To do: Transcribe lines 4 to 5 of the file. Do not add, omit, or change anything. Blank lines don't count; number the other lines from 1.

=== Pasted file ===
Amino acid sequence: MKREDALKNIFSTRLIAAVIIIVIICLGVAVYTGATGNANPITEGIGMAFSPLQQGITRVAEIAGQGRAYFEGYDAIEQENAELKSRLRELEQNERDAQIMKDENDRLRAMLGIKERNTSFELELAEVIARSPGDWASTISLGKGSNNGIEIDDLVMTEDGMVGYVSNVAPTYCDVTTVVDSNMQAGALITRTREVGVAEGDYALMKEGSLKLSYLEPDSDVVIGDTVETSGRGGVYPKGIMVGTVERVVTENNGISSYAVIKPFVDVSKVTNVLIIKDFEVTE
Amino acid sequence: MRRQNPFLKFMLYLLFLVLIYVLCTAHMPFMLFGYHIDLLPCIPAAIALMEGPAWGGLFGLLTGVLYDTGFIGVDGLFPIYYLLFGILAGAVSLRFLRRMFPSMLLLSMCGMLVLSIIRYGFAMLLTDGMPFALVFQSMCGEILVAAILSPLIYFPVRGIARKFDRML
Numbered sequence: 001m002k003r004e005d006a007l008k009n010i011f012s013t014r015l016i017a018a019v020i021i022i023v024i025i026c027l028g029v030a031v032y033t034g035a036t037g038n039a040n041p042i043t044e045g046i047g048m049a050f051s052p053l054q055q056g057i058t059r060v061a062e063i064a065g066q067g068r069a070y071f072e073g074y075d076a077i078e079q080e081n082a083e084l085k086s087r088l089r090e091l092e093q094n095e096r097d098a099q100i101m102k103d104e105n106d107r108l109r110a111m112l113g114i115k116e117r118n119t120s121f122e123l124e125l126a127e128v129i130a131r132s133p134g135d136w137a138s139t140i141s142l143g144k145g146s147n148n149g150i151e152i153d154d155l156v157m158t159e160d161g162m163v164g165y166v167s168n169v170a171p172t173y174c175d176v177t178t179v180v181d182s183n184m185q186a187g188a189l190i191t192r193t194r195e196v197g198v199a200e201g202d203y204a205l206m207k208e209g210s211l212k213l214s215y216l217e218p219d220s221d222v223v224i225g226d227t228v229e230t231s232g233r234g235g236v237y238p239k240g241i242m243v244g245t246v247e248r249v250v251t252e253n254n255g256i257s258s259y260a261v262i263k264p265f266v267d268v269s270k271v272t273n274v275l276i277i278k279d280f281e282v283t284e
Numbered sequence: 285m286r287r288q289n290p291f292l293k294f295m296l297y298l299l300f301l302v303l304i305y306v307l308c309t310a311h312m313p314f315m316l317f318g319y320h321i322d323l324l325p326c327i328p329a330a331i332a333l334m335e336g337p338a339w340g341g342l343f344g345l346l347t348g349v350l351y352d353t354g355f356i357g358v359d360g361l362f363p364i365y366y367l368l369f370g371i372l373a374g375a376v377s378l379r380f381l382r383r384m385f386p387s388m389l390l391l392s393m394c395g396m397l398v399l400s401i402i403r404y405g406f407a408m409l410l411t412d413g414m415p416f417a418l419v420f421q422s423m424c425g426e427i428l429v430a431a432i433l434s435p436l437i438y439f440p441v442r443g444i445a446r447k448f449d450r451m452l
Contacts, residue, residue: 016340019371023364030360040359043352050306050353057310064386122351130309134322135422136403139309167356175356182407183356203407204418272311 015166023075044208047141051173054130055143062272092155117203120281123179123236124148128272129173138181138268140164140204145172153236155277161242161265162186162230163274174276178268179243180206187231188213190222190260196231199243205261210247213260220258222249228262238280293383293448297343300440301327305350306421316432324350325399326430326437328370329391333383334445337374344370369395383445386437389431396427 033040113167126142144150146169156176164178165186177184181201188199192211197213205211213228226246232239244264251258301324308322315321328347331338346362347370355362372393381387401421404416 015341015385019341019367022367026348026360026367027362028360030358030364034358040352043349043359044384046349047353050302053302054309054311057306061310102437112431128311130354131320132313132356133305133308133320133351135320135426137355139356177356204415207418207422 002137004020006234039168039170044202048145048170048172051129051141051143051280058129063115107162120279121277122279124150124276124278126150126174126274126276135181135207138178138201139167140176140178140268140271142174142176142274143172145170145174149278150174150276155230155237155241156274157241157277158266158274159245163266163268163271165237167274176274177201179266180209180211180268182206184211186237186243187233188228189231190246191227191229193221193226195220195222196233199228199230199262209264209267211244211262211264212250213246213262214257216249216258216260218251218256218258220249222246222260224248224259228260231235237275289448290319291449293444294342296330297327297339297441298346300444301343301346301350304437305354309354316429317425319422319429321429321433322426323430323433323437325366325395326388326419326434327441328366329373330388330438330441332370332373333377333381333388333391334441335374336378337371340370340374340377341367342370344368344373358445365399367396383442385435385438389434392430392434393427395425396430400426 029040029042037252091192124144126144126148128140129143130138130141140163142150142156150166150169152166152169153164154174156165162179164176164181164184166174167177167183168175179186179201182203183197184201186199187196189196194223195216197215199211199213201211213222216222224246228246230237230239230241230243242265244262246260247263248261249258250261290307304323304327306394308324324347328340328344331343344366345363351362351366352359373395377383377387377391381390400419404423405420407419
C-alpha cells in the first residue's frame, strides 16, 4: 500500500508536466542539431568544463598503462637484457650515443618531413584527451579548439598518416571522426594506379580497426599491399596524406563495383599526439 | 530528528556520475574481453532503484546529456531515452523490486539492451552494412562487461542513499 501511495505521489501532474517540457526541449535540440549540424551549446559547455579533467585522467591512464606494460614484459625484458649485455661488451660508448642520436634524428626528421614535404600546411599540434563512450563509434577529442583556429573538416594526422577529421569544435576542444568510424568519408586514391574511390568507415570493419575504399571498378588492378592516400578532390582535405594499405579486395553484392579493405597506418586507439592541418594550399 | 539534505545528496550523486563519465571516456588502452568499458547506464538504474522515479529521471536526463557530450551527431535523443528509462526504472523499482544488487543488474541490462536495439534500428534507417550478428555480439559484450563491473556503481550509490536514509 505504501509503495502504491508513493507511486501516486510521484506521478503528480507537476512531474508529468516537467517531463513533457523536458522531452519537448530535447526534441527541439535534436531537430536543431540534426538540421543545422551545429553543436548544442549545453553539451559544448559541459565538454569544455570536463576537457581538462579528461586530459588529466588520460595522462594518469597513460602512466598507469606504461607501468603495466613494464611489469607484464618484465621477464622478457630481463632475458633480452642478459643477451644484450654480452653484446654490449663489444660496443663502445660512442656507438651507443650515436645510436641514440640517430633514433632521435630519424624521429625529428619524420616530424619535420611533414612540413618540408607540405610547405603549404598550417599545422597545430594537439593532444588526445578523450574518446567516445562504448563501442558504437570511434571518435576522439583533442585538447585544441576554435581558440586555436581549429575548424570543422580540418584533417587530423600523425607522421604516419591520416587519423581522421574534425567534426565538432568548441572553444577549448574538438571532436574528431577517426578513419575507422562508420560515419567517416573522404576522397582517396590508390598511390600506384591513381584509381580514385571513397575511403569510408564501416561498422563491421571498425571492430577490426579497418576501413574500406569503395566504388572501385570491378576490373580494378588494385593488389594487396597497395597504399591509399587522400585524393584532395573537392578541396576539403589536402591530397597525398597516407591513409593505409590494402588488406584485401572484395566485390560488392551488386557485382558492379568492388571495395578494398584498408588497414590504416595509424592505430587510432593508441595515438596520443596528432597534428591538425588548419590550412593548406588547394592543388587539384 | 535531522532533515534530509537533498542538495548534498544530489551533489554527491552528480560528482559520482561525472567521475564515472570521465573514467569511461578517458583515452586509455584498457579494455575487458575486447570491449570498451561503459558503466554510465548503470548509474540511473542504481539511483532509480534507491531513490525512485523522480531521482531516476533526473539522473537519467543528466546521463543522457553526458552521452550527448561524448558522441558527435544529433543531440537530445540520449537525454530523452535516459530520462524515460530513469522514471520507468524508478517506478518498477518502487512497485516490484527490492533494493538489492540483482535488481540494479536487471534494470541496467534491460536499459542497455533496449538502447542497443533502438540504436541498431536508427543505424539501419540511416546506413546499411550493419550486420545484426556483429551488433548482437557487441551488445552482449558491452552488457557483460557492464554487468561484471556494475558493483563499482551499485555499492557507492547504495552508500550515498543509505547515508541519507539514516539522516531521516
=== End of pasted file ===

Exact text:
Numbered sequence: 285m286r287r288q289n290p291f292l293k294f295m296l297y298l299l300f301l302v303l304i305y306v307l308c309t310a311h312m313p314f315m316l317f318g319y320h321i322d323l324l325p326c327i328p329a330a331i332a333l334m335e336g337p338a339w340g341g342l343f344g345l346l347t348g349v350l351y352d353t354g355f356i357g358v359d360g361l362f363p364i365y366y367l368l369f370g371i372l373a374g375a376v377s378l379r380f381l382r383r384m385f386p387s388m389l390l391l392s393m394c395g396m397l398v399l400s401i402i403r404y405g406f407a408m409l410l411t412d413g414m415p416f417a418l419v420f421q422s423m424c425g426e427i428l429v430a431a432i433l434s435p436l437i438y439f440p441v442r443g444i445a446r447k448f449d450r451m452l
Contacts, residue, residue: 016340019371023364030360040359043352050306050353057310064386122351130309134322135422136403139309167356175356182407183356203407204418272311 015166023075044208047141051173054130055143062272092155117203120281123179123236124148128272129173138181138268140164140204145172153236155277161242161265162186162230163274174276178268179243180206187231188213190222190260196231199243205261210247213260220258222249228262238280293383293448297343300440301327305350306421316432324350325399326430326437328370329391333383334445337374344370369395383445386437389431396427 033040113167126142144150146169156176164178165186177184181201188199192211197213205211213228226246232239244264251258301324308322315321328347331338346362347370355362372393381387401421404416 015341015385019341019367022367026348026360026367027362028360030358030364034358040352043349043359044384046349047353050302053302054309054311057306061310102437112431128311130354131320132313132356133305133308133320133351135320135426137355139356177356204415207418207422 002137004020006234039168039170044202048145048170048172051129051141051143051280058129063115107162120279121277122279124150124276124278126150126174126274126276135181135207138178138201139167140176140178140268140271142174142176142274143172145170145174149278150174150276155230155237155241156274157241157277158266158274159245163266163268163271165237167274176274177201179266180209180211180268182206184211186237186243187233188228189231190246191227191229193221193226195220195222196233199228199230199262209264209267211244211262211264212250213246213262214257216249216258216260218251218256218258220249222246222260224248224259228260231235237275289448290319291449293444294342296330297327297339297441298346300444301343301346301350304437305354309354316429317425319422319429321429321433322426323430323433323437325366325395326388326419326434327441328366329373330388330438330441332370332373333377333381333388333391334441335374336378337371340370340374340377341367342370344368344373358445365399367396383442385435385438389434392430392434393427395425396430400426 029040029042037252091192124144126144126148128140129143130138130141140163142150142156150166150169152166152169153164154174156165162179164176164181164184166174167177167183168175179186179201182203183197184201186199187196189196194223195216197215199211199213201211213222216222224246228246230237230239230241230243242265244262246260247263248261249258250261290307304323304327306394308324324347328340328344331343344366345363351362351366352359373395377383377387377391381390400419404423405420407419